Barry: HBO's Great Must-See Show Is Driven By Big Plot Hole

HBO's Barry is that little show that could, beginning as a modest satirical comedy about a hitman who decides to be an actor in Hollywood and becoming a grand epic of Crime and Punishment and the impossibility of redemption, and the darkest, most uncompromising comedy on American television. The show is the brainchild of Bill Hader, who has transformed it into a metacommentary on acting and morality, stretching its plot beyond genre tropes into character studies and boundary-pushing emotional authenticity and honesty that reflects the most intense acting classes. Barry Berkman is not a cool hitman from the movies but a broken, sociopathic ex-soldier with PTSD. Hader even calls him a "big dummy", a sad sack desperate for companionship and redemption but driven to kill for either money or self-preservation where the two become a never-ending cycle that sends Barry deeper towards damnation.

Barry is a Great Must-See Show Driven by a Big Plot Hole
"Barry" image: HBO

The third season of Barry takes it beyond its format into an emerging auteurist vision under Hader's direction. He directs with a precise, detached eye that's a combination of Jacques Tati and "Beat" Takeshi Kitano, his detached camera turning violence into farce while he pushes his actors, including himself, deeper and deeper toward Method intensity. The show's tension between genre and emotion made it the most unpredictable show on TV.

But Barry has its plotholes. One big one is how the hell does Barry keep having a working car when it gets wrecked virtually every episode this season? Maybe that's just a running joke we're not supposed to think about too much, despite Hader wanting us to think a lot about the moral questions over Barry's work as a paid killer and how his actions destroy the lives of the families and loved ones of his targets.

The biggest lapse in logic, however, is the one that drives the entire story of Barry: the death of Detective Janice Moss (Paula Newsome) at the end of season one. In season one, Janice was the cop investigating the spate of killings Barry was involved in, starting with the struggling actor that Barry was hired to kill that he met at Gene Cousineau's (Henry Winkler) acting class. Cousineau falls in love with her and shamelessly courts her until she relents and starts dating him. The end of the season has Janice spending the weekend at Gene's cottage with his favourite students Sally (Sarah Greenberg) and Barry. Janice finds a picture of Barry on Facebook with one of the victims and realizes Barry is the killer she's been hunting all along. She attempts to arrest him out in the woods in the middle of the night, and Barry kills her in a panic and hides her body in the woods. The rest of the series uses Janice's murder as the ticking timebomb that will eventually bring Barry down. Movies and shows about hitmen insist on a moral outcome where the antihero gets caught at the end, and Janice's death is the McGuffin that will bring it about.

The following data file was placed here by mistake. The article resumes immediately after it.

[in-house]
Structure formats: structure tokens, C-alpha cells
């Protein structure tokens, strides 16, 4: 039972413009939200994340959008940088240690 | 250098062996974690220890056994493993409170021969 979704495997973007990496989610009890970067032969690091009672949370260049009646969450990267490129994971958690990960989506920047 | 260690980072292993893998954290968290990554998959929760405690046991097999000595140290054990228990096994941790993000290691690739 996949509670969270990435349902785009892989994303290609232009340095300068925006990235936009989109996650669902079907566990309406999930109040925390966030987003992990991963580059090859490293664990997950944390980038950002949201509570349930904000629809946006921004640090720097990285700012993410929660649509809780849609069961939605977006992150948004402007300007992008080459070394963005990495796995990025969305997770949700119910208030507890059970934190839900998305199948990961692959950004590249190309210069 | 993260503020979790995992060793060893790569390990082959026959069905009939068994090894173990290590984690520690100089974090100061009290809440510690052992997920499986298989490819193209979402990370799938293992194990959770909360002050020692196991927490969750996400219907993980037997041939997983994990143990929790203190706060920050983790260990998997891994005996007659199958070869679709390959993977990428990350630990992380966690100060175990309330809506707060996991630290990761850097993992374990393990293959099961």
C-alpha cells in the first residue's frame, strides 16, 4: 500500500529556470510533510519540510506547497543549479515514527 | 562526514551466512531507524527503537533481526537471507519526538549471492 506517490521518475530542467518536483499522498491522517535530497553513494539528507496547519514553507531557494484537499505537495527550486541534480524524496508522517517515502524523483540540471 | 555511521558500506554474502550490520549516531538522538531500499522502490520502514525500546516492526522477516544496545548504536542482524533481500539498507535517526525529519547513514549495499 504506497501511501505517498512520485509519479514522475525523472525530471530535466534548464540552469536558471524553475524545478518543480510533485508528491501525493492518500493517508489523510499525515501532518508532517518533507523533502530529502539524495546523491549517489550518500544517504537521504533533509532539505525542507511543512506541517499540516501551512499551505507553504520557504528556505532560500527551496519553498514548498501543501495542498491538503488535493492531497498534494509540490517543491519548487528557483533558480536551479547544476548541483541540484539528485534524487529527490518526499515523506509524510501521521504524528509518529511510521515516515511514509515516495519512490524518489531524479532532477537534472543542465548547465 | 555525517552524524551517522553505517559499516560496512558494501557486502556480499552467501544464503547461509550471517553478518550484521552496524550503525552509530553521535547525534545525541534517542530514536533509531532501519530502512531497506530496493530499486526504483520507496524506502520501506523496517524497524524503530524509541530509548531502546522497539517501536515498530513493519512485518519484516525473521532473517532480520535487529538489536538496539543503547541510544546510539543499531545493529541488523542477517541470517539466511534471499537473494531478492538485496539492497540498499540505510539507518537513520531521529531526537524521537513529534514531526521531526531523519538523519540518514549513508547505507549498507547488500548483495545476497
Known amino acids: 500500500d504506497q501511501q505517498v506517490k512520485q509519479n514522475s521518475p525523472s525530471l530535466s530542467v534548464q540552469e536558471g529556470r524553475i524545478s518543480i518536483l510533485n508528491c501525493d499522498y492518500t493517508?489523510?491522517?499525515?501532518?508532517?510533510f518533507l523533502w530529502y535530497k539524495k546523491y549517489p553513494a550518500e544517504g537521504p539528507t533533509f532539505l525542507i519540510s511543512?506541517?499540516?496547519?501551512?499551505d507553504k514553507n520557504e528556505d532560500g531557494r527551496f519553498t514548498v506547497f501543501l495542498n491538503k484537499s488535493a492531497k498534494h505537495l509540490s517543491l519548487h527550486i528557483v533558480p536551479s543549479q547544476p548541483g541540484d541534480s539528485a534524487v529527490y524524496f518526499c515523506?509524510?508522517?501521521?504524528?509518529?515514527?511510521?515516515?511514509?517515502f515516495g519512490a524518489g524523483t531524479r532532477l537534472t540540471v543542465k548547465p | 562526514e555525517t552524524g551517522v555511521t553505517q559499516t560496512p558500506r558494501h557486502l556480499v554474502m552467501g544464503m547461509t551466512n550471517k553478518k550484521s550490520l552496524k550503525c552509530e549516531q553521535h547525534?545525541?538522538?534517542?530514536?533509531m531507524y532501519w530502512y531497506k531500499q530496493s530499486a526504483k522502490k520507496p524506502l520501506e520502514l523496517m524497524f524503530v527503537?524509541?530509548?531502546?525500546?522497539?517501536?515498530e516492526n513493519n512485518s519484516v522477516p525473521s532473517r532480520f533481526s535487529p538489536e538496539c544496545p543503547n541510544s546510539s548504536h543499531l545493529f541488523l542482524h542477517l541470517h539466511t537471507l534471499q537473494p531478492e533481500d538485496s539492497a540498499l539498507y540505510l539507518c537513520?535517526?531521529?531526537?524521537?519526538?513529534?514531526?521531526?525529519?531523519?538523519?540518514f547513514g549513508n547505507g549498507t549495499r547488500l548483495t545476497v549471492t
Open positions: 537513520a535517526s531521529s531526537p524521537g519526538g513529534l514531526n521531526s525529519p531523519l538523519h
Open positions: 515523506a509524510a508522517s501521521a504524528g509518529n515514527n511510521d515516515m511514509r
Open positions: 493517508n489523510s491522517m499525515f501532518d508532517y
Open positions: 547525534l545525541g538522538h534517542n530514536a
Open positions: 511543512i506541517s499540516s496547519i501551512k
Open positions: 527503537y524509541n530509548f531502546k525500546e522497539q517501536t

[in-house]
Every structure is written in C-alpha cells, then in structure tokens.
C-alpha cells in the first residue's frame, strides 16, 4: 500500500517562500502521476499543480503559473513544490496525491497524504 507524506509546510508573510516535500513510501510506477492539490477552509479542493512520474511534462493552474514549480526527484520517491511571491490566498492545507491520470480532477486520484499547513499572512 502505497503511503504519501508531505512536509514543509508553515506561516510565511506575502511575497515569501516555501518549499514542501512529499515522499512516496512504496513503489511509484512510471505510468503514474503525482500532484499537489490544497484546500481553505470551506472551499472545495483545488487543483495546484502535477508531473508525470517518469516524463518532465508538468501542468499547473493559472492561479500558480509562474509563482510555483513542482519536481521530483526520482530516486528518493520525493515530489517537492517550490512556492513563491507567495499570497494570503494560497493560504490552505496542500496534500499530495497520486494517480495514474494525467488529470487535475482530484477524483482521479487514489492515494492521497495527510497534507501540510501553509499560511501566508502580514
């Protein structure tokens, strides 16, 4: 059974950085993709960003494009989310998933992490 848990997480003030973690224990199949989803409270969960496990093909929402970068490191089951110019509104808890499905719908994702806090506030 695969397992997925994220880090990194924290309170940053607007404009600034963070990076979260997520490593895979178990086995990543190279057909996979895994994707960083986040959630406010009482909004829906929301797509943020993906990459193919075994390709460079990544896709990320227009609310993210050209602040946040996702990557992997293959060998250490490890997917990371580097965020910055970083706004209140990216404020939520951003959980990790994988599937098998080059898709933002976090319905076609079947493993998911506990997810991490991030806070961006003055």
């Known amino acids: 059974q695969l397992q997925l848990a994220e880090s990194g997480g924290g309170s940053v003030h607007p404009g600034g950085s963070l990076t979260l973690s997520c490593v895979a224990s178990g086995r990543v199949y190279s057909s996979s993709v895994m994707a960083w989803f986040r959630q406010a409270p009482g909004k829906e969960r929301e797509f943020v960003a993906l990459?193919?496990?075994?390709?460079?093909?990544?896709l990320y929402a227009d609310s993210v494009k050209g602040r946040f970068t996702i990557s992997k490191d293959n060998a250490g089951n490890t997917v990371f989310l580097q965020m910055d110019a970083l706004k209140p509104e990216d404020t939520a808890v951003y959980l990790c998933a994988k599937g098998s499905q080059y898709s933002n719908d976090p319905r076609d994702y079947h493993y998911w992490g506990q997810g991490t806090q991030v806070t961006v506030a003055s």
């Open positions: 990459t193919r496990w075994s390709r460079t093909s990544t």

For dramatic writing, it makes sense and it is so common in crime fiction that it's practically a cliché by now. The only problem is that it doesn't ring true. Janice was supposed to be a smart and savvy homicide cop. The one photo she finds of Barry with his dead buddy is circumstantial at best and did not warrant an arrest. It would never hold up in court. Janice decides to arrest Barry in the dead of night in the middle of nowhere without backup or her colleagues knowing where she is or what she's doing because it's a weekend. It goes against all police procedures and in real life, no cop would go rogue like that and arrest a suspect for the flimsiest of reasons and without any backup. A cop as smart as Janice would have waited till she and everyone returned to the city and then told her superiors and then gone with her partner to arrest Barry either at home, his workplace, or the acting class. Why was she so desperate to arrest him in the middle of Sunday night in the middle of nowhere and put herself at the worst kind of risk? It made no sense for her to do that. It's the most stupid thing any cop could do. And yet her death is the shadow cast over Barry for the next two seasons that finally came home to roost during the third season finale that everyone is raving about.

These lapses in logic or plausibility are a common occurrence in screenwriting, either because the writers missed it while in the heat of plotting or they couldn't' find a better way to achieve their dramatic goals and just left it in. Janice's actions that led to Barry killing her is a major lapse that uses a common trope in cop thrillers but almost never happens in real life. An Implausibly  Stupid Action That Nobody Makes in Real Life used to Make Story Happen should be considered a plot hole. The question is should we accept them in the stories we consume once we know about them or should writers work harder to get it right?

Barry is on HBO.

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Adi TantimedhAbout Adi Tantimedh

Adi Tantimedh is a filmmaker, screenwriter and novelist. He wrote radio plays for the BBC Radio, “JLA: Age of Wonder” for DC Comics, “Blackshirt” for Moonstone Books, and “La Muse” for Big Head Press. Most recently, he wrote “Her Nightly Embrace”, “Her Beautiful Monster” and “Her Fugitive Heart”, a trilogy of novels featuring a British-Indian private eye published by Atria Books, a division Simon & Schuster.
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